It was the fifth round of an uneasy fight and I was getting mauled by a welter weight in red tasseled shoes. He was an up and comer. Potential top ten. Maybe even champ someday. He had good hand speed. Good timing, too. Good at everything in the ring, including humiliating an old tomato can like me.
The ref didn't like me much, but that was well known. He didn't like me for what I had become. He knew me years ago as a hardscrabble fighter every bit as good as this Menendez hombre, maybe without the flash. Just a young poor kid known as the prototypical "Irish Bomber". I had a wide grin. I had a mean right uppercut. One night I dispatched a man to a lowly hospital to get a swelled brain checked out.
The ref had lost his son in some useless war, so he ended up loving and hating young people. Loved the ones who wanted to live up to their potential. Hated the ones who squandered their talent. In his eyes I was the later. There were the all night parties. The training sessions with booze and long legged dames. Then came the fixed fights to mollify mad mobsters in homburg hats with smuggled Cubans hanging out of the side of their mouths, their expensive tobacco burning up my life.
"You could of been something, Shipman." The ref says to me after he lets Menendez nearly bust another one of my ribs.
The round ended and the ref followed me to my corner. I could hear him through my bloody ears. See him through my puffed up eyes. I could feel his hurtful, truthful words pierce my armoured heart. "You're thirty-eight now, Shipman. You coulda been top ten. This is your last fight. You're bad even for a tomato can. After this fight you're gonna wish you were in hell. Because you ain't worth a puddle of bloody spit. Try tellin' otherwise to some boss."
My corner men dropped spongy water on my face and pressed my forehead with Endswell. I sat on the stool and looked at the ceiling lights through a haze of smoke. I knew these corner guys didn't give a damn about me. Their banter of jabs and leg work and using my big punch made me feel more hopeless than I'd ever felt. I could see Menendez the young bull in the opposite corner. His easy smile. His breathing unlaboured. He nodded his head menacingly. I knew he was blind to my past, maybe blind to his future. I wasn't quite ready to be his righteous kill.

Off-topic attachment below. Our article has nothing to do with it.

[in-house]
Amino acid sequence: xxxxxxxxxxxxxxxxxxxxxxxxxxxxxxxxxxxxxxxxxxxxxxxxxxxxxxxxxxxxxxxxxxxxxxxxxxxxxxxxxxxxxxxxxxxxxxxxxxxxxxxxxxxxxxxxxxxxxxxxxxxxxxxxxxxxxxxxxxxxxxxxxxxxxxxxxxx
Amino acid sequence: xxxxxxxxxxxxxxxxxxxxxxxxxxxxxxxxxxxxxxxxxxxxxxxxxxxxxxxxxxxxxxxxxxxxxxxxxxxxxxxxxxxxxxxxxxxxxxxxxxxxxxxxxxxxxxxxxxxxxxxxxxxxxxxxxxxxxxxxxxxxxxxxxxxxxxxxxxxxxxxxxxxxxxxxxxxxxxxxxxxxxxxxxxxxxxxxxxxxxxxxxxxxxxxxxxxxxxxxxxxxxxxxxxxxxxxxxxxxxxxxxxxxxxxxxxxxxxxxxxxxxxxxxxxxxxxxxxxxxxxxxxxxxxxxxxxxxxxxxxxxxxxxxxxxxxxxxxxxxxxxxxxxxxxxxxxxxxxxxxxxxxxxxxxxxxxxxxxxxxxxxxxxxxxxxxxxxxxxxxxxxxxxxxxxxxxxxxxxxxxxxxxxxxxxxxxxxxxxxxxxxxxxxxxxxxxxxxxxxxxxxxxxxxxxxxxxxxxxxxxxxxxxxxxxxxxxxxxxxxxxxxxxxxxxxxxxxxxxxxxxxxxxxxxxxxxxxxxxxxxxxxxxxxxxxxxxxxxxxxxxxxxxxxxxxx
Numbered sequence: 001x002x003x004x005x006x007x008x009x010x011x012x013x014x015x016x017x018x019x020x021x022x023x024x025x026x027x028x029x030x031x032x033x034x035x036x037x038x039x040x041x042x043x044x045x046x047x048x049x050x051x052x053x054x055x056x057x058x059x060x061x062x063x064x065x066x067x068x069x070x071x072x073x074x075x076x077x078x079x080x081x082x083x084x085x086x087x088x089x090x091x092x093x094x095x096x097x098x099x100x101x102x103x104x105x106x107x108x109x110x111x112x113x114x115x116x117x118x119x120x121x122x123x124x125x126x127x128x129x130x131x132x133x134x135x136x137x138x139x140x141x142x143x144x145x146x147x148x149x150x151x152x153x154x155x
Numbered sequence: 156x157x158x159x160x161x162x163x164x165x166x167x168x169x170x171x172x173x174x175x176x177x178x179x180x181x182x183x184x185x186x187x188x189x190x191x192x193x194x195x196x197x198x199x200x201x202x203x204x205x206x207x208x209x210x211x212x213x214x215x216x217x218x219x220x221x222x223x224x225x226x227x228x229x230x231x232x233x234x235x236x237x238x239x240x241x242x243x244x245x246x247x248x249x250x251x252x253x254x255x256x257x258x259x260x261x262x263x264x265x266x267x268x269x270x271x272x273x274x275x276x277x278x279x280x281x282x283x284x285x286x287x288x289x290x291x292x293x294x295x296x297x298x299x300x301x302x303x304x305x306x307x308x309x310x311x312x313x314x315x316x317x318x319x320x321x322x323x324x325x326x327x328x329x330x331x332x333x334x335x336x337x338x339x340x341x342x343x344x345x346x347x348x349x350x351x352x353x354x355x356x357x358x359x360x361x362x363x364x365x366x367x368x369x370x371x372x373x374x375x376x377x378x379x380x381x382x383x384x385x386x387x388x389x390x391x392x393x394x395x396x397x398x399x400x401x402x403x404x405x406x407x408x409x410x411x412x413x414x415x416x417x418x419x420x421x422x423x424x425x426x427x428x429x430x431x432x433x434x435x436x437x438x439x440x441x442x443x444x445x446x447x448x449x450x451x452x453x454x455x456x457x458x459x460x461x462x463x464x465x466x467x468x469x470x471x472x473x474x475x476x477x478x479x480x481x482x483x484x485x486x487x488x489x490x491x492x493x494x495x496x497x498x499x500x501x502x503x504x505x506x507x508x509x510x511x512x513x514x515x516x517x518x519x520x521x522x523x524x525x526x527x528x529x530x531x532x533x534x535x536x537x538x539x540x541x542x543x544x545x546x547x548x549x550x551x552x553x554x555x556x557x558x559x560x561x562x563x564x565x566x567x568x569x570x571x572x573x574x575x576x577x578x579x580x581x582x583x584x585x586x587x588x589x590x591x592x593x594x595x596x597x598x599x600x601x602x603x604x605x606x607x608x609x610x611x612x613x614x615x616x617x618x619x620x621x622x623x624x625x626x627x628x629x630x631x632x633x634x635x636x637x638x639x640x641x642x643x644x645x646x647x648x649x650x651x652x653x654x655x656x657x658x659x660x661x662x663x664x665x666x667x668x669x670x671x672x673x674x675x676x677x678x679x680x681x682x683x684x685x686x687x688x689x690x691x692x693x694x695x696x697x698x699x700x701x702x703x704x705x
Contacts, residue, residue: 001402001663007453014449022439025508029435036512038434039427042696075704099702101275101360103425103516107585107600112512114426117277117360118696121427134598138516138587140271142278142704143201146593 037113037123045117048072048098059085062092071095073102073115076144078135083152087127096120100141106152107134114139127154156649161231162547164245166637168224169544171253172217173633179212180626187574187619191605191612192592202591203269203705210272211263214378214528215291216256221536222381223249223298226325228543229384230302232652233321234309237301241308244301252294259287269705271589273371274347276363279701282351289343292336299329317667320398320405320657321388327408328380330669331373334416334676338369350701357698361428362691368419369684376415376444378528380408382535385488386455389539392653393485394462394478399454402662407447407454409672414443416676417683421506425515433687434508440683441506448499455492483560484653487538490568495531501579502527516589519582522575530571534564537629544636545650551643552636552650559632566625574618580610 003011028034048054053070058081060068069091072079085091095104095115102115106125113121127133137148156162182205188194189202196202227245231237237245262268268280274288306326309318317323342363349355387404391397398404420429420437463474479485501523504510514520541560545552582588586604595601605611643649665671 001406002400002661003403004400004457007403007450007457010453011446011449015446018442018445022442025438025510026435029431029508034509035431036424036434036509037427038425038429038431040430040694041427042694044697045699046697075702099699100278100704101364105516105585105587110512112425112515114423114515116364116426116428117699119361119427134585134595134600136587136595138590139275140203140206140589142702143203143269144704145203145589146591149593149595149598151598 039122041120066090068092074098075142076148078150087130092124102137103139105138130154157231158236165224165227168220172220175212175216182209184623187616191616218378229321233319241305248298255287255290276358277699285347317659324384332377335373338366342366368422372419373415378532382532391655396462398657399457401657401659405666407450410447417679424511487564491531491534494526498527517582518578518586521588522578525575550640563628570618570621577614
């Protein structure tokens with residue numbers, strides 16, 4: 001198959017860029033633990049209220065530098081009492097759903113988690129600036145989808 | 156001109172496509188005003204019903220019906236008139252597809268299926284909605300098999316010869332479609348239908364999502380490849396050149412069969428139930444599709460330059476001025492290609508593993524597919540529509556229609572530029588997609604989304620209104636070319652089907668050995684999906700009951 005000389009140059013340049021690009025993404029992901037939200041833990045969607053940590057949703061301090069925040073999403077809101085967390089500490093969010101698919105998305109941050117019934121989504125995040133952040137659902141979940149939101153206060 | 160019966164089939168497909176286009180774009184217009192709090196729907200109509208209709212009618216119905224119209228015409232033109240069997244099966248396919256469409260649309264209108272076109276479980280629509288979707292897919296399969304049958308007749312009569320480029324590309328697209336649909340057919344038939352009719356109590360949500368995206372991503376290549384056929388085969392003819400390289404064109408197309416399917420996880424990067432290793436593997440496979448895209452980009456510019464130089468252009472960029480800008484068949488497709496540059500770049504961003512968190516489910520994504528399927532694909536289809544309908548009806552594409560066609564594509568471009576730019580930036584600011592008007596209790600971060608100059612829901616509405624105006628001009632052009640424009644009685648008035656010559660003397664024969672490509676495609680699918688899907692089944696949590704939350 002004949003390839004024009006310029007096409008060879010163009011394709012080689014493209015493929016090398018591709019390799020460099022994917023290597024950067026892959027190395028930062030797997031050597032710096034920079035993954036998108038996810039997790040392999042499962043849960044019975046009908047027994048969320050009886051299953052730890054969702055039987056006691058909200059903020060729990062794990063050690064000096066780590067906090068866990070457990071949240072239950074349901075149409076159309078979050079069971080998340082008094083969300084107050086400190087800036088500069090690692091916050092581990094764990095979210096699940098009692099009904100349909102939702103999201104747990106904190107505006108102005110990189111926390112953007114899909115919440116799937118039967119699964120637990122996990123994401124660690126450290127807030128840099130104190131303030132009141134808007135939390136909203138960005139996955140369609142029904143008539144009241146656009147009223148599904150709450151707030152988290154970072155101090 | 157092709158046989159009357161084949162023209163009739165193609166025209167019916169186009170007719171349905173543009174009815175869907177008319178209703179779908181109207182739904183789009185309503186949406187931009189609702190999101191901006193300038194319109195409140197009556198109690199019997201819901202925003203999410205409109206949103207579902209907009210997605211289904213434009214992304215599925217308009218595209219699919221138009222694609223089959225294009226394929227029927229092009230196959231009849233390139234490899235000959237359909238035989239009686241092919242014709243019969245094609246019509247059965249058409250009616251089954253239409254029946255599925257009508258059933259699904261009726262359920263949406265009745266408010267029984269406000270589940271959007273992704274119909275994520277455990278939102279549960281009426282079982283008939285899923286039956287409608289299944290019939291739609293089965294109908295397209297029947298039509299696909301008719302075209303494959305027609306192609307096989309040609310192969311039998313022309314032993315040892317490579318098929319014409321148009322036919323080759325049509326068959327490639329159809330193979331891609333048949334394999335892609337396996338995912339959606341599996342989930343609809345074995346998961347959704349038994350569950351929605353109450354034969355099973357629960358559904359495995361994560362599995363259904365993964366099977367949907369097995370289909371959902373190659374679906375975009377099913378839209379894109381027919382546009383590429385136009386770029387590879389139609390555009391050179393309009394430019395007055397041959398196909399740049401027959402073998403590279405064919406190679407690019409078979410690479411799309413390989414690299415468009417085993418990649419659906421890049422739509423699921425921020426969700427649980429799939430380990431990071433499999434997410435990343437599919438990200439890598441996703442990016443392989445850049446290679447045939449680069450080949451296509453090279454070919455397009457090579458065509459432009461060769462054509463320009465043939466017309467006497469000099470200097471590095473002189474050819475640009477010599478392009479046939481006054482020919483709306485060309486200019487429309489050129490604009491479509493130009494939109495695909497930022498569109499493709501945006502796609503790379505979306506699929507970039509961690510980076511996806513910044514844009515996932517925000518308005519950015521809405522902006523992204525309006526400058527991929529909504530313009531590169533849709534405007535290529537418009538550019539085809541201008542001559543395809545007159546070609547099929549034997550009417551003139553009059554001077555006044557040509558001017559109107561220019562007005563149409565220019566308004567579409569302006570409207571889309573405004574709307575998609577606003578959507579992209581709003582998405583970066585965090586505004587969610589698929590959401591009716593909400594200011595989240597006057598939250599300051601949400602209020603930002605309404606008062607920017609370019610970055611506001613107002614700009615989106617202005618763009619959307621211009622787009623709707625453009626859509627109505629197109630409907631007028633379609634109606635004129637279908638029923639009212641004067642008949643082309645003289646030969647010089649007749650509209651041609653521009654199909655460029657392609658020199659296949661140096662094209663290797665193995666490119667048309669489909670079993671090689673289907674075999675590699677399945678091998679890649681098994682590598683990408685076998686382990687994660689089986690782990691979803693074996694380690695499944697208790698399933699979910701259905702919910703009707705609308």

Round six was about to begin. "I ain't callin' no TKO," the ref says. "Either they take you out on your back or you throw in the towel like a yellow loser."
The bell rang and Menendez moves in on me. He bulls me against the ropes and lays punch after punch on my body covered up with my forearms. But I feel his punches slowing down, his arms tiring. Somehow I break to the centre of the ring.
He makes another run, but providence came my way. The young welter weight slips forward on a patch of sweaty canvas. With his arms wide apart, his head bowed, I hit him with an uppercut that lifts him off his feet. He lands stone cold on the mat.
The crowd erupts, men go wild in rage. I was lucky to make it out alive. The only calm I saw was in a man in a homburg hat, his face unmoved. Then I knew what I should have known all along, that Menendez was one of their boys.
That evening I sat alone in a half-filled bar called the One Lucky. I drank cold beer through swollen lips when a radio announcer says the boxer Menendez dies, a brain hemorrhage kills him. An old journeymen fighter by the name of Shipman was his opponent.
Everybody in the bar knew what to do. The customers drank up their last drink fast, and rustled out into the night air. A lone bartender stayed behind, whistling plaintively as he polished shot glasses and washed out ash trays.
I asked for another beer. The bartender nodded and said quietly its on the house. I sat and waited for what I knew was coming. I hoped it would happen in a flash. Painless, in a back alley. But their are those who say I deserved worse. And that's what I got, a shiv just beneath my heart. My spirit now mixed with the hazy smoke that's a club fighter's dream.